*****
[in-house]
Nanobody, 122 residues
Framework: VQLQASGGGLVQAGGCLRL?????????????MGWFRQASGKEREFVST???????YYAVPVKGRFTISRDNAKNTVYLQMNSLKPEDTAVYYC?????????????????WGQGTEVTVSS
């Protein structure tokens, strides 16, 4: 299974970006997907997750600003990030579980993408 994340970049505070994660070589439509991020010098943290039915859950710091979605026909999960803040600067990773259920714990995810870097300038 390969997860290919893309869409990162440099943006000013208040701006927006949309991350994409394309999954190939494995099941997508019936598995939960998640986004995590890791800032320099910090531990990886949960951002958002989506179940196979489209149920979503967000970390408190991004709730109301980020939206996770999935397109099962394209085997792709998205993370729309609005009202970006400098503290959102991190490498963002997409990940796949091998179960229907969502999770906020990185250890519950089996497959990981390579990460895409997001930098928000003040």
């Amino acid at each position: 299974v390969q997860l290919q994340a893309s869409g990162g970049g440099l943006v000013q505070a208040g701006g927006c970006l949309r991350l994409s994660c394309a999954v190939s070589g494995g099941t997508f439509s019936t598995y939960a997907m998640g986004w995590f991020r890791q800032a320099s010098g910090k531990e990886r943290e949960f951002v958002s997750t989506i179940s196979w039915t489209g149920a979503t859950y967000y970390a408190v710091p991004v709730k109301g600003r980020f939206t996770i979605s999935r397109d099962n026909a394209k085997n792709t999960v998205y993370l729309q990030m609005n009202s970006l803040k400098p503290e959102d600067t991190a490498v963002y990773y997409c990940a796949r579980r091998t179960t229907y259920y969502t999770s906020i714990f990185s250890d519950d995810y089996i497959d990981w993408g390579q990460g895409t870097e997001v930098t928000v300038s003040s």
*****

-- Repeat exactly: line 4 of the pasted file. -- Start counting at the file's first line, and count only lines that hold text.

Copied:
């Protein structure tokens, strides 16, 4: 299974970006997907997750600003990030579980993408 994340970049505070994660070589439509991020010098943290039915859950710091979605026909999960803040600067990773259920714990995810870097300038 390969997860290919893309869409990162440099943006000013208040701006927006949309991350994409394309999954190939494995099941997508019936598995939960998640986004995590890791800032320099910090531990990886949960951002958002989506179940196979489209149920979503967000970390408190991004709730109301980020939206996770999935397109099962394209085997792709998205993370729309609005009202970006400098503290959102991190490498963002997409990940796949091998179960229907969502999770906020990185250890519950089996497959990981390579990460895409997001930098928000003040």